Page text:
Monday, August 27, 2012


South Burlington, Vermont

We've been at Jenny's house for four days. Today we return to the boat. The past 24 hours I monitored closely the weather in Marathon, down in the keys.  I worried about our friends there.   Based on what I saw, the winds were mostly in the 20 knot range, one gust to 45 knots, it sounds like Marathon dodged the bullet.

Below are two of the things that we do to remind ourselves about important things.

  1. On our fridge/freezer we turn it all the way up when the engine is running to build up  store of cold.  We put a green marker in the latch as a reminder to turn the temperature back to normal when the engine is off.
  2. We use the wall surface at the top of the companionway ladder as a white board.  One comes face-to-face with it climbing up.  I write special reminder notes there.  In the picture it says SEA COCKs, reminding me that sea cocks are closed because we're leaving the boat.  They must be re opened when we come aboard and before we start the engine.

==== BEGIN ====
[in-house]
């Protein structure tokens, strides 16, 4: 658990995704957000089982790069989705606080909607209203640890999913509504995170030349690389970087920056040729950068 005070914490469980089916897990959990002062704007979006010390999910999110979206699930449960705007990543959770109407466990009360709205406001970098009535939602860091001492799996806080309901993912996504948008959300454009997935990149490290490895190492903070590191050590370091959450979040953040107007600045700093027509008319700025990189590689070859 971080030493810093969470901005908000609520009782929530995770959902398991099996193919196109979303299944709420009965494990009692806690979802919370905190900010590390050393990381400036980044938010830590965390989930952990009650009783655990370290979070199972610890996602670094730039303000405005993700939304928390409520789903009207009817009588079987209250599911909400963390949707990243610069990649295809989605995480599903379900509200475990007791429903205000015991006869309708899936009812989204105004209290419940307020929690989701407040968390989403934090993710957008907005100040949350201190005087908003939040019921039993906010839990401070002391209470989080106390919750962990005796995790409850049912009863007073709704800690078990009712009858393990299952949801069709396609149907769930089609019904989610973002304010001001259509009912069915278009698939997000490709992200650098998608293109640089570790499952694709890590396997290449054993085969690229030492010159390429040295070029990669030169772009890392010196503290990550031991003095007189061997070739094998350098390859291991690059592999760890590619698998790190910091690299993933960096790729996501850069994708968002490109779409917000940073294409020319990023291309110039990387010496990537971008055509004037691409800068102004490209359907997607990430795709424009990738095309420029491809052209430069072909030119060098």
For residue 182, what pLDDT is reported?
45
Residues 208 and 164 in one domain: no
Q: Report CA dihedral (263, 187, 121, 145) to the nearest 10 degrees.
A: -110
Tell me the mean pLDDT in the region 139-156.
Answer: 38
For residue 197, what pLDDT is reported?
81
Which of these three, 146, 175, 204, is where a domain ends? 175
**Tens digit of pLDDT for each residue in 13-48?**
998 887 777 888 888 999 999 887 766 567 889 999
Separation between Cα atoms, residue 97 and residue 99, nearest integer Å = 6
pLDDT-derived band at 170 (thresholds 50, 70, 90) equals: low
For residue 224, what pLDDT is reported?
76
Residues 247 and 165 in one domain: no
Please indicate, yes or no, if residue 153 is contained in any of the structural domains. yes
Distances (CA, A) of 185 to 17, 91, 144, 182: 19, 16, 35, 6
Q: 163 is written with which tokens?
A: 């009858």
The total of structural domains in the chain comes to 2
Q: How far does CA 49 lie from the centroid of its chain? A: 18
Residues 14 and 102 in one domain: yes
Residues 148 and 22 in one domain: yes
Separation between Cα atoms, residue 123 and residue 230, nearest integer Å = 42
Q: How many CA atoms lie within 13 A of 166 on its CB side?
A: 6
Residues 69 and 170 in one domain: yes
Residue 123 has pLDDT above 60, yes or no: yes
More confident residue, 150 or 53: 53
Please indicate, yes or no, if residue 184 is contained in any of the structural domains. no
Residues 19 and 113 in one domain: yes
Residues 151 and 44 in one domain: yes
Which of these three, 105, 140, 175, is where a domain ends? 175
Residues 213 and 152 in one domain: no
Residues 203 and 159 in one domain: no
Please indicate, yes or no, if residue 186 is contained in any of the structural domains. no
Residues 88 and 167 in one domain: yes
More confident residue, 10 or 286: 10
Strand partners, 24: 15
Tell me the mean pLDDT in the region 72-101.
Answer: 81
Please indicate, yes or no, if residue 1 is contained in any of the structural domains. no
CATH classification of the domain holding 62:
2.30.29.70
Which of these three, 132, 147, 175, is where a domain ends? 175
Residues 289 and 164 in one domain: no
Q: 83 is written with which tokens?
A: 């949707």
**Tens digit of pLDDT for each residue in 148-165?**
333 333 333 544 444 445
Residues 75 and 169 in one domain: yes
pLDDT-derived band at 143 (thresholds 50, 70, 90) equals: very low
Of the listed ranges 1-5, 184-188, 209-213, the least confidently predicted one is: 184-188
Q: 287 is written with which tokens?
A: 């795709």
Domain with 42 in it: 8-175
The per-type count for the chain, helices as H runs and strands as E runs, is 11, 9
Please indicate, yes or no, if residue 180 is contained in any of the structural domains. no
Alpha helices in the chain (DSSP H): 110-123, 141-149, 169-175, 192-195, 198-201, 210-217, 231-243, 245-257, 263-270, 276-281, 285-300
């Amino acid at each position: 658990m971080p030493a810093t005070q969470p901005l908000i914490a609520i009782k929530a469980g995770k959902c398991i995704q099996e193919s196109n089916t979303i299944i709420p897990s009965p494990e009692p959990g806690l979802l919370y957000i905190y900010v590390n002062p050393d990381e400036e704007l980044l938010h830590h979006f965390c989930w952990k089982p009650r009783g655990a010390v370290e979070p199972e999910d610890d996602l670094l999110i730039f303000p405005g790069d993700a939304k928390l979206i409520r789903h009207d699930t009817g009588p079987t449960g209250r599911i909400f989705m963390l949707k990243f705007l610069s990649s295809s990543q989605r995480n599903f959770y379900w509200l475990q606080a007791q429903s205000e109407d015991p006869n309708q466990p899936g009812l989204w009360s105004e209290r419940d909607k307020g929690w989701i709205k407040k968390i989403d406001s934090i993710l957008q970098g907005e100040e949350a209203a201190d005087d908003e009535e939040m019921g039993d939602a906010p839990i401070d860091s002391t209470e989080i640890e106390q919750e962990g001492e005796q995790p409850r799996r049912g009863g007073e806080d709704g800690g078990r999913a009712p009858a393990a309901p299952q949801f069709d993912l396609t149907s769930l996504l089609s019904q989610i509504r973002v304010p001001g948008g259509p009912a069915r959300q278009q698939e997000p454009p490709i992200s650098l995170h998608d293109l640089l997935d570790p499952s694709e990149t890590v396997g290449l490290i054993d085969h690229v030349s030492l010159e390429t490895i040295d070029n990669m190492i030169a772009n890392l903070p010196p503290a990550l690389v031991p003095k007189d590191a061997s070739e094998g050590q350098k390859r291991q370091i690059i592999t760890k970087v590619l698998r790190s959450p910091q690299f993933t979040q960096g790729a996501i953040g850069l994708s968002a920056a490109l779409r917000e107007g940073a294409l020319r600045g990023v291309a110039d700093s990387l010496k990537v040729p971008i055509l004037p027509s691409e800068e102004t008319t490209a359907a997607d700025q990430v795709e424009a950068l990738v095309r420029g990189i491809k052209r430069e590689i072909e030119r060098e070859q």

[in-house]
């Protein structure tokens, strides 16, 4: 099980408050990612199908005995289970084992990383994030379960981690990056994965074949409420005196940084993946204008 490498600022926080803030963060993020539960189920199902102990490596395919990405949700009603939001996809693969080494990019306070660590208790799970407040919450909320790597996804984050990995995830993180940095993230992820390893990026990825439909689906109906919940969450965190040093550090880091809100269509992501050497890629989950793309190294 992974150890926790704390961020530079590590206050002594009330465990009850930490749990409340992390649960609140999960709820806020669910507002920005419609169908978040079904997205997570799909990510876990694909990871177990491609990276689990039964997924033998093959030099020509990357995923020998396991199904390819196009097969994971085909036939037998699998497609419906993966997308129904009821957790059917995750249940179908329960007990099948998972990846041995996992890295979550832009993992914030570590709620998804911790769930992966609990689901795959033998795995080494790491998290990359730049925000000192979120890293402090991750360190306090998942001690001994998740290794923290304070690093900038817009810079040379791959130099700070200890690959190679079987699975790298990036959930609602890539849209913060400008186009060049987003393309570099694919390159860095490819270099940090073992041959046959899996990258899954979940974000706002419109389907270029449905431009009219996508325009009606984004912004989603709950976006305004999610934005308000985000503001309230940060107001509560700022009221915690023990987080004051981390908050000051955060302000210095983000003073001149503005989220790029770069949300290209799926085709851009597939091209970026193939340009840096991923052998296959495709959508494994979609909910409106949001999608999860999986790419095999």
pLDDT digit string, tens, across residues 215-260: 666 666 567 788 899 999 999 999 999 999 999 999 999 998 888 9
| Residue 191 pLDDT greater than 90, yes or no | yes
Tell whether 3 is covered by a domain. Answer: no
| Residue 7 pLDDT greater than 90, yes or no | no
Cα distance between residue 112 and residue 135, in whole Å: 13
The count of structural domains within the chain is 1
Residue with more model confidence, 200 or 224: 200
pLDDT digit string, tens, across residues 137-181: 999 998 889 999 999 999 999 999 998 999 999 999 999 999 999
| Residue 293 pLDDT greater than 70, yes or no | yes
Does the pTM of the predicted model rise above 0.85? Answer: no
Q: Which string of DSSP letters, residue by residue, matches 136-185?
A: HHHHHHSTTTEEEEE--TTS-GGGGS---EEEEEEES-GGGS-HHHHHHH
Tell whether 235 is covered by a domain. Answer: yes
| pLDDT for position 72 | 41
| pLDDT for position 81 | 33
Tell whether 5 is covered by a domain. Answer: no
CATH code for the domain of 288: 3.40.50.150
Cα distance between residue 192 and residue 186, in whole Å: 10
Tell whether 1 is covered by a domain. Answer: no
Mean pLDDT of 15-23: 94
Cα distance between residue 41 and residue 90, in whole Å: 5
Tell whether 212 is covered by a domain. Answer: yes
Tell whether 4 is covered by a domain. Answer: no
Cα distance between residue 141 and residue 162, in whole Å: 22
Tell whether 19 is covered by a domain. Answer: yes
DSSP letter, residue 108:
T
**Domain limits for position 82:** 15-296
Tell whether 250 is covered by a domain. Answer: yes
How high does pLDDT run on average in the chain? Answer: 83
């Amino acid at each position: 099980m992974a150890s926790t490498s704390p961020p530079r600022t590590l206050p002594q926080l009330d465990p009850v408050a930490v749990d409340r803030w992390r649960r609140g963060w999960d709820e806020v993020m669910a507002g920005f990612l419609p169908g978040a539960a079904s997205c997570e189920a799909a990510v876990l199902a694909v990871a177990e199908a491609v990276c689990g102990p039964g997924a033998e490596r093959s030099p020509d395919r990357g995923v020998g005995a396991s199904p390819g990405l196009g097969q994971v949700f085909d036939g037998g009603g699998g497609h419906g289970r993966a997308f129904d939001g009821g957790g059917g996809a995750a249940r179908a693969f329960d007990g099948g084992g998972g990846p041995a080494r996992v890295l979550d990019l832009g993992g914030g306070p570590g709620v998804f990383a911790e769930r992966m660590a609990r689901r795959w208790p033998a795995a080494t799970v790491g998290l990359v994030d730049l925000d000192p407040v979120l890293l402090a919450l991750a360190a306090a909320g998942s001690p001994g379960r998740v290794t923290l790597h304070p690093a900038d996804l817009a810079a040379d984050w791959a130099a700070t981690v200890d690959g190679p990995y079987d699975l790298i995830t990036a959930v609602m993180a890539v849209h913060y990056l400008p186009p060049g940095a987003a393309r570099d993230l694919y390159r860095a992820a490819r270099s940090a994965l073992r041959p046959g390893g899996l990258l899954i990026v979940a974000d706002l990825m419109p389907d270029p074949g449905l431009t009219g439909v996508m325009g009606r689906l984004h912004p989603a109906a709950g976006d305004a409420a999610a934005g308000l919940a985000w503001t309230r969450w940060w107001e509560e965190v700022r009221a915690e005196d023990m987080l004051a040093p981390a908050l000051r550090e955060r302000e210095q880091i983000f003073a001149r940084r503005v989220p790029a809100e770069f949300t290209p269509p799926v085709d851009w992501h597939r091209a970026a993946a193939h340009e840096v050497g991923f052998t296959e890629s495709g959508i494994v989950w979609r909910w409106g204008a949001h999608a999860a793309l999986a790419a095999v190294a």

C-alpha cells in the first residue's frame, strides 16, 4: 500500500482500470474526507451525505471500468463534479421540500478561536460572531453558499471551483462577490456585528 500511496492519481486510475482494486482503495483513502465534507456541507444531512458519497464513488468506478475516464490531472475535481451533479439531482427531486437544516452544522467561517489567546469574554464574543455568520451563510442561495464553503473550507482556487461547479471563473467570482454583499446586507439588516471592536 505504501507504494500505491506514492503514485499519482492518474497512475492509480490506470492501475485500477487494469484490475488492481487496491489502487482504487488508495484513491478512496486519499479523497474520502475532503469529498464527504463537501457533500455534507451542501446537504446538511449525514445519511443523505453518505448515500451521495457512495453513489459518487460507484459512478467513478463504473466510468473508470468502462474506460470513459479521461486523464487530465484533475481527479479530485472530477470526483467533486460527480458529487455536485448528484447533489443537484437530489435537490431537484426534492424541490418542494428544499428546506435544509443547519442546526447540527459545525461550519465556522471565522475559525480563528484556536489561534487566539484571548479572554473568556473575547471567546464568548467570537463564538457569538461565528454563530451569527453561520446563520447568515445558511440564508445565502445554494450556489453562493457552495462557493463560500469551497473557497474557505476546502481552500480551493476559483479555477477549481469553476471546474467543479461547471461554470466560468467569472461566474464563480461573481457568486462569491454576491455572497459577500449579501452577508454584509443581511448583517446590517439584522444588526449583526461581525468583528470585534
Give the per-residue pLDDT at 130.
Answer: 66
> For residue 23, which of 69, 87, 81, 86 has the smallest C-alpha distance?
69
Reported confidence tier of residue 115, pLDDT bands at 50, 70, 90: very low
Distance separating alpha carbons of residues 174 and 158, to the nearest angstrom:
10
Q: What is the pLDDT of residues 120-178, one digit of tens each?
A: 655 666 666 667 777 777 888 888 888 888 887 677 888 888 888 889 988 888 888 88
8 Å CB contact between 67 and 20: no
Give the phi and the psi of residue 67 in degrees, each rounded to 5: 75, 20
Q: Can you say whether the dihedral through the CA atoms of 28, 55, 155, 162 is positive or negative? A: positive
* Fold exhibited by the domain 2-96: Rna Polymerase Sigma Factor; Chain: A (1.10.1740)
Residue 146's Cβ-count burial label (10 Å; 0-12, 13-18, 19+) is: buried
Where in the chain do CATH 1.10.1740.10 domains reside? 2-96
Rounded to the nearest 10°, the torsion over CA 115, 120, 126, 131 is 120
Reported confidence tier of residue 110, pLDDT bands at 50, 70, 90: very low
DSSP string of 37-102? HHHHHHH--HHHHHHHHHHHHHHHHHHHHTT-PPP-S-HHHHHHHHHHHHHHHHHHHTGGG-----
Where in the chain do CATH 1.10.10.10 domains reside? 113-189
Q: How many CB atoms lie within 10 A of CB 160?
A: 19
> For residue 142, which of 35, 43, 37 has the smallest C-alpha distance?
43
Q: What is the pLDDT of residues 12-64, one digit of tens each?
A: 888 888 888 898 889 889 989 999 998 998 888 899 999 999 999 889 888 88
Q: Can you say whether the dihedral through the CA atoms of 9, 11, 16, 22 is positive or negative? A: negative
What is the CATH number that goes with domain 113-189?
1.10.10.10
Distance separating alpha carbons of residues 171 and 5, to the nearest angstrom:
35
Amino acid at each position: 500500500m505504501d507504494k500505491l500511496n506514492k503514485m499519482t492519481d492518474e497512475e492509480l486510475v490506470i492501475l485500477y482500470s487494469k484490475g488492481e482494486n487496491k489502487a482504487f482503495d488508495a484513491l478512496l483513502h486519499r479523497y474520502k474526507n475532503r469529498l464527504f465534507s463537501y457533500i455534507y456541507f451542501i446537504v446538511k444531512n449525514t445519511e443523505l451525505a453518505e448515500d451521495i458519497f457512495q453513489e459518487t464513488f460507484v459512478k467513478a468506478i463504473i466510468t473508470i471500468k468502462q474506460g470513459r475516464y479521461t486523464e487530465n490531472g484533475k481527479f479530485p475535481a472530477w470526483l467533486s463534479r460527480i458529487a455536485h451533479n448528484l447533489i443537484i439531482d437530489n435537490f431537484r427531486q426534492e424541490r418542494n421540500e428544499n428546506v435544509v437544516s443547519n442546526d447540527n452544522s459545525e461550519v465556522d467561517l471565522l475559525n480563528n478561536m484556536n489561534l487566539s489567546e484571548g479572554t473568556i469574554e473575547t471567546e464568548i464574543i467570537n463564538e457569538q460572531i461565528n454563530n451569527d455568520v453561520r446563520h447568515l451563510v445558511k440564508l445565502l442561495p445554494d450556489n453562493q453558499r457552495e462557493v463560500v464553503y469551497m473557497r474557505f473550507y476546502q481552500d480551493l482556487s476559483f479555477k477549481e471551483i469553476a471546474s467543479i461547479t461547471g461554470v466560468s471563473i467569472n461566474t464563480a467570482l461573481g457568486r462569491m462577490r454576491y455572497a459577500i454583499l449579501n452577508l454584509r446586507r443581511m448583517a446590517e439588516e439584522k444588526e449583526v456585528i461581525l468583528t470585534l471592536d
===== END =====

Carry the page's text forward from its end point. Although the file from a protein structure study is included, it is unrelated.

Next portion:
The problem is that these, and other methods of memory reminders, fail to work for us any more.  For example, recently when we stopped the engine, Libby removed the green marker, turned down the fridge, then put the marker back.  In her mind, the marker is where it is supposed to be all the time and its reminder function is lost.  I too fail to be reminded by reminders.

We could combat familiarity by inventing a new method of making reminders each time, bu then we would have a hard time remembering what the reminder was for.  It would be like inventing a new password for each Internet site ever time you visit it.

I think the technical answer is to make check lists for each situation and to develop a culture of using them.  We would need a large number of checklists for different functions.  I also fear making the culture overly disciplinarian by insisting on their use so often.

1 comment:

  1. Dick - Here's a different method you might want to consider concerning the engine seacocks. Whenever I close mine I hang the engine key on the actual seacock itself. I might have to think for a minute as to where I left the keys but I don't crank the diesel with them closed... Thanks for such a fine blog! Chip


Type your comments here.